Construction Literary Magazine

Fall 2020

They Say This Is How the Bone Sings; Land of the Free; Home of the Brave

They Say This Is How the Bone Sings; Land of the Free; Home of the Brave
Image via Flickr by Adg
They Say This Is How the Bone Sings

The Nisei told their children, “Don’t make waves. Don’t stand out.
You are different enough anyway.”

            —Report of the Commission on Wartime
            Relocation and Internment of Civilians

There is a place along the border
where children sleep in the dark
like there was once a prairie in Idaho
where we learned what Minidoka means—
a concentration camp under that scar
spangled sky, all our ancestors bound
in razor wire and splintered wood,
the moon’s careless gaze over all of us.

There is a place where the boys are still
wrestling wild boars bare-fisted, where
girls are murdered gathering jonquils
in dry meadows. Listen—the night is filled
with the owls’ grief for tiny bodies
concealed in unimaginable places.

There is a place where the woodsman ate
meat without bones for weeks without
ever wondering where his children were.
Before I die, let every child carve
a flight of flutes from my ribcage,
a symphony revealing every wound
on our fathers’ bodies, a song
proclaiming we will never be dead.

Land of the Free

Because there are more stones now
in the air than when I was a child,

I can’t say which ones are whipping
at my body, which ones I have already

swallowed. A man at fifty knows
he is not the same boy who once threw

his hands up in surrender to the dark
rumble of names hurled at him

from passing cars, from the back seat
of a school bus. A stone is not a weapon

like a name is not a stone, yet it’s hard
to see what a man builds with the stones

he has chosen. Call a stone immigrant,
Call it chink or jap, or whatever names

sit in your stomach, whatever stones
fit into the wall that separates the place

where you live from where you wish
you lived, from where you can never live.

Some nights, a boy can look at the sky
and have an uneasy feeling about the stones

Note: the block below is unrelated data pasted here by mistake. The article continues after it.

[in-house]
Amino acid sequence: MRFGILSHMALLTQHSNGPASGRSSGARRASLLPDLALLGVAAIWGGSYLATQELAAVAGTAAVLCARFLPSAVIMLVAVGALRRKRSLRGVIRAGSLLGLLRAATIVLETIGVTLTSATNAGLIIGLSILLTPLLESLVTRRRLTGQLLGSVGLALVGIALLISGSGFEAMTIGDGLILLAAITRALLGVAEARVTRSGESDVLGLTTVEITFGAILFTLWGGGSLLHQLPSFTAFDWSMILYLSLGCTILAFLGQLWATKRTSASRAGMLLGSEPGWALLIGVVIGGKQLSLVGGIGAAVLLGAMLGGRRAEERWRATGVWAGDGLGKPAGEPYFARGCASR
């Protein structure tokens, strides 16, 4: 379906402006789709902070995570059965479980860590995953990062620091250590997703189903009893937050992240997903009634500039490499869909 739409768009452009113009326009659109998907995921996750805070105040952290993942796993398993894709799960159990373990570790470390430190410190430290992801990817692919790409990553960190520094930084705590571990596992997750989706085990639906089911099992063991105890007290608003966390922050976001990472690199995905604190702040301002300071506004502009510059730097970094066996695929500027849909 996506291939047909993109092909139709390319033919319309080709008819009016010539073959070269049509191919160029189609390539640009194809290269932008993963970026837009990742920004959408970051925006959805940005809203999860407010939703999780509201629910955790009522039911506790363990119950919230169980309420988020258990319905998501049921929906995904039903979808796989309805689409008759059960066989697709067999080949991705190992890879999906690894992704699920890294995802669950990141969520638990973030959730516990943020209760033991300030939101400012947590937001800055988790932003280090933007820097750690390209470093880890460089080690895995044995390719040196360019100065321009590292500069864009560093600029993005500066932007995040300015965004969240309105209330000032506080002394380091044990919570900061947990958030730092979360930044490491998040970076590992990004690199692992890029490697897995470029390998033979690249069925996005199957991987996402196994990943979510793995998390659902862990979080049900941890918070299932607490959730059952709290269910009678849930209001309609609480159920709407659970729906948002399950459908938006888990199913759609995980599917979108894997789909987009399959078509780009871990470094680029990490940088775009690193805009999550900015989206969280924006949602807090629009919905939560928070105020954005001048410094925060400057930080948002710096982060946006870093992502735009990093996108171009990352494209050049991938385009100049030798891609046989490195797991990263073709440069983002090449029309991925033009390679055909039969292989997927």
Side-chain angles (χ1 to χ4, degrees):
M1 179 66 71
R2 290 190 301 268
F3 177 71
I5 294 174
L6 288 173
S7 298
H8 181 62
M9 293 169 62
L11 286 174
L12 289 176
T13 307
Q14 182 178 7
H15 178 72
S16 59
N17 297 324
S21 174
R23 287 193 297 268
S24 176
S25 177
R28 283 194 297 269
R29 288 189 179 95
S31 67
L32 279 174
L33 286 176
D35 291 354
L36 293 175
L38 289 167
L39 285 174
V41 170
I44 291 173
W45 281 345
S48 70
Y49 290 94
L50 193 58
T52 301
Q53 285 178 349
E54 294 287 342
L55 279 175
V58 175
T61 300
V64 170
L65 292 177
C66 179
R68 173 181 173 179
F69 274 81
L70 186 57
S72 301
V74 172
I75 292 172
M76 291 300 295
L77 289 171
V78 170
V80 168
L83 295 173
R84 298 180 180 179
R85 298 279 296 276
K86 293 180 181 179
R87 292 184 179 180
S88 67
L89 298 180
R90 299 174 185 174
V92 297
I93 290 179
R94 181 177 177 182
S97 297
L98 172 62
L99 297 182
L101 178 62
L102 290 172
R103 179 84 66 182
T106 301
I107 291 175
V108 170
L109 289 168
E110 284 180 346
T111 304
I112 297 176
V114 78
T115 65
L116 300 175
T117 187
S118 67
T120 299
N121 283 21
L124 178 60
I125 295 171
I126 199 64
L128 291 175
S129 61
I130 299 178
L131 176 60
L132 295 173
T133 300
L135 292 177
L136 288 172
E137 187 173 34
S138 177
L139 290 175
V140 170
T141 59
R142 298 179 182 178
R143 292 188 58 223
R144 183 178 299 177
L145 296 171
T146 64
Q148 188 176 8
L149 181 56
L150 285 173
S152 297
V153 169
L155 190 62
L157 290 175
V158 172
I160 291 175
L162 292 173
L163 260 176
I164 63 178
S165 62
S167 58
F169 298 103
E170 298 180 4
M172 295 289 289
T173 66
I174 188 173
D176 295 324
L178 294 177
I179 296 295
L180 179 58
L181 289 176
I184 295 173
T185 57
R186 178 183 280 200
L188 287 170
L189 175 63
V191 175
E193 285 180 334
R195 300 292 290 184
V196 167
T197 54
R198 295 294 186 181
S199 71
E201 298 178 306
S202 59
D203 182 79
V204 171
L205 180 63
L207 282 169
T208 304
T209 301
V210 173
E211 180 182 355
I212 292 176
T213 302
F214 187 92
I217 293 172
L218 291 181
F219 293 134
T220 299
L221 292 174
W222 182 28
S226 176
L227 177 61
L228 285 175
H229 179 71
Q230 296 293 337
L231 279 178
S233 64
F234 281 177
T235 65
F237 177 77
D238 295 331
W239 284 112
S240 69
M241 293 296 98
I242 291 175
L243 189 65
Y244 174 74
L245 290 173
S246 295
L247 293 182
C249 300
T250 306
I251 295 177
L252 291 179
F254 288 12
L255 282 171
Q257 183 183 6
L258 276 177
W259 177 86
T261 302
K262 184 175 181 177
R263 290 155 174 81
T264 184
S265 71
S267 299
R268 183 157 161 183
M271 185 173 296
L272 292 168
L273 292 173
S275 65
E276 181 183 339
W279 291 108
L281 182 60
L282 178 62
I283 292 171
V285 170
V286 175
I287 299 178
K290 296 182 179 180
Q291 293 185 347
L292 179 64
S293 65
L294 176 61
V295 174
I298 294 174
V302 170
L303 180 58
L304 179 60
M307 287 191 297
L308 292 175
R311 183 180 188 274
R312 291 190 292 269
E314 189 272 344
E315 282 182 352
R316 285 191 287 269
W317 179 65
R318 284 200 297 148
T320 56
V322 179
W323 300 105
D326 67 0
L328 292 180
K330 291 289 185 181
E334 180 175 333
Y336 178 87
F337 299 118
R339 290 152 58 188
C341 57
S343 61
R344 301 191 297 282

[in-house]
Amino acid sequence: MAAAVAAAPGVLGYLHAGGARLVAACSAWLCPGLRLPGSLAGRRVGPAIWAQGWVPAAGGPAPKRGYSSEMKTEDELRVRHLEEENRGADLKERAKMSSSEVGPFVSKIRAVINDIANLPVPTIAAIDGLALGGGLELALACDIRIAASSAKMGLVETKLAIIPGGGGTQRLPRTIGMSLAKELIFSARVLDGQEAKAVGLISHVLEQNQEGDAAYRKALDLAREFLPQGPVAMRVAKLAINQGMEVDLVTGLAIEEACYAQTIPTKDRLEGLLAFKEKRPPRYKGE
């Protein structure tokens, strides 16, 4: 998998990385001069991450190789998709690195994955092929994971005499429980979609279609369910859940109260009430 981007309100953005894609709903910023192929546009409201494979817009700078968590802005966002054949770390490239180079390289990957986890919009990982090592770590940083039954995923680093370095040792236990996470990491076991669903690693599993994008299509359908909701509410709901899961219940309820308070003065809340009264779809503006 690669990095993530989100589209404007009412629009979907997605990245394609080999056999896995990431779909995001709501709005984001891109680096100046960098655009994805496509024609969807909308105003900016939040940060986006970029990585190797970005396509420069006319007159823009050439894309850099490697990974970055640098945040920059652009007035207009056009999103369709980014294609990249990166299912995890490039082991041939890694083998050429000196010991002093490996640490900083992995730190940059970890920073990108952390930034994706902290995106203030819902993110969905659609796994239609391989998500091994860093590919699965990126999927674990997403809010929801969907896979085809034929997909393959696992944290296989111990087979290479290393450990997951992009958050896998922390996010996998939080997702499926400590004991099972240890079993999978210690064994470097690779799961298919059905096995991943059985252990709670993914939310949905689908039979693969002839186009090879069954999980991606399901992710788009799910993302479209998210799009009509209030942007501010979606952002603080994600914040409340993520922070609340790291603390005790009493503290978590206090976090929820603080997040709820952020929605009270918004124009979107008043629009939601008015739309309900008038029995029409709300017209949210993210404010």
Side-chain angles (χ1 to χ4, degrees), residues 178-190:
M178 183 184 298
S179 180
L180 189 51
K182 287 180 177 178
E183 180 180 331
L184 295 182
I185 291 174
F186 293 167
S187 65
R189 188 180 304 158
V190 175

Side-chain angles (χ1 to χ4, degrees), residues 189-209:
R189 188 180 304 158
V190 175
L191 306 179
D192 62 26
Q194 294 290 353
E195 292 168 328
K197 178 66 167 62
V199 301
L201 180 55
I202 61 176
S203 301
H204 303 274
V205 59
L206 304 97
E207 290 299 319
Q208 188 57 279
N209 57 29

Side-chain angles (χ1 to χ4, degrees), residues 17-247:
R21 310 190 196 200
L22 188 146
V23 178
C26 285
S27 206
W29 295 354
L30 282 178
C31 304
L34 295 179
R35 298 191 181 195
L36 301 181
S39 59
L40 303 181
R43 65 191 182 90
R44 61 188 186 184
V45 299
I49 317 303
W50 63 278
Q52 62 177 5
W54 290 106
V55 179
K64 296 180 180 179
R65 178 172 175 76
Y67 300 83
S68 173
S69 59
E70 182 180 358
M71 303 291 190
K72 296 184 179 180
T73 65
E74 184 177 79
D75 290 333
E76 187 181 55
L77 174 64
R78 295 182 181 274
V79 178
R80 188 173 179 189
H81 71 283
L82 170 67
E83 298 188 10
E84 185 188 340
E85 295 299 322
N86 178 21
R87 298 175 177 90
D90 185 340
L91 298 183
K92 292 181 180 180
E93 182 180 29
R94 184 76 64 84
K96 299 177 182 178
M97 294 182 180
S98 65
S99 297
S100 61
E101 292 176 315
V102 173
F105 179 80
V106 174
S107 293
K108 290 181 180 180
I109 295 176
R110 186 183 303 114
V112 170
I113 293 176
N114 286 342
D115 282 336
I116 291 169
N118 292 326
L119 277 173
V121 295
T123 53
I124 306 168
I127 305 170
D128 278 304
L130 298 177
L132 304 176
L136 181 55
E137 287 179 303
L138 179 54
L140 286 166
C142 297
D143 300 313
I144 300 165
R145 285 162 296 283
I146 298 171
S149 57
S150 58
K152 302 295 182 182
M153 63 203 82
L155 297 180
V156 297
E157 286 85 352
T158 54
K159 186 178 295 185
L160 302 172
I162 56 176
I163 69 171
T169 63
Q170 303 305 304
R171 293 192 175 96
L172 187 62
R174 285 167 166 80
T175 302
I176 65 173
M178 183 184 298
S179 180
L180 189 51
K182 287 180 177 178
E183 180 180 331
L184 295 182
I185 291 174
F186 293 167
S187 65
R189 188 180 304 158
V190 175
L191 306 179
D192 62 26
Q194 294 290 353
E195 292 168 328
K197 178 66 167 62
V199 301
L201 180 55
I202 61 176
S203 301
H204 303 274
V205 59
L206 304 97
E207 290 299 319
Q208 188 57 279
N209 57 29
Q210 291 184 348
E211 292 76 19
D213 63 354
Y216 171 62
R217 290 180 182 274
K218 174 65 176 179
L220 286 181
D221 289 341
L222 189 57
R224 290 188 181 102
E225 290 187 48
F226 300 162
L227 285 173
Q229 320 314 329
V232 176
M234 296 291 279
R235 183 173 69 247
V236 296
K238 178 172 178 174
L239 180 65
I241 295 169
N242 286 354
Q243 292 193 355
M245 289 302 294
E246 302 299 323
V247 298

he knows will eventually strike him—
if only he had a name for that feeling.

I’m looking at the moon tonight,
the same moon that hovered overhead

when I was a child. It doesn’t seem so far
away from where I live now.

Home of the Brave

Sometimes, a person falls to one knee
because they are in love, America—

a break in the body’s line, supplication
because the heart wants

what it wants. America, you are
a difficult love, sometimes, you

with your torches and pitchforks,
your revulsion disguised as fealty

to a strip of cloth. My family once lived
at Minidoka, a concentration camp

in Idaho because you couldn’t tell
the difference between a yellow death

wish and a pledge of allegiance, and yet
here I am with one hand on my heart,

one knee in the turf for the lives
that have been damaged, bullet holes

where there were once bodies, chalk
streaked across the asphalt

because a boy is a boy no matter where
he wants to live. Anyone can

stand up, America—just lock your knees,
chin up and eyes to the sky

because when you’re busy watching eagles fly
it’s easy to pretend there are just

worse places than where you live, from sea
to shining sea and all those bodies,

all our different colors, all concussion
and contusion where there was once hope

that freedom will still ring, one day.
My son is too young to know

what it’s like to be in love, America,
too young to have watched his ancestors

remember the prairie where they were once
left to graze, too young to understand

how to wear this American skin that feels so
un-American, sometimes. If only

he didn’t have to understand anything.
If only the land where we make our homes

and the land we sing about so much
could be the same place.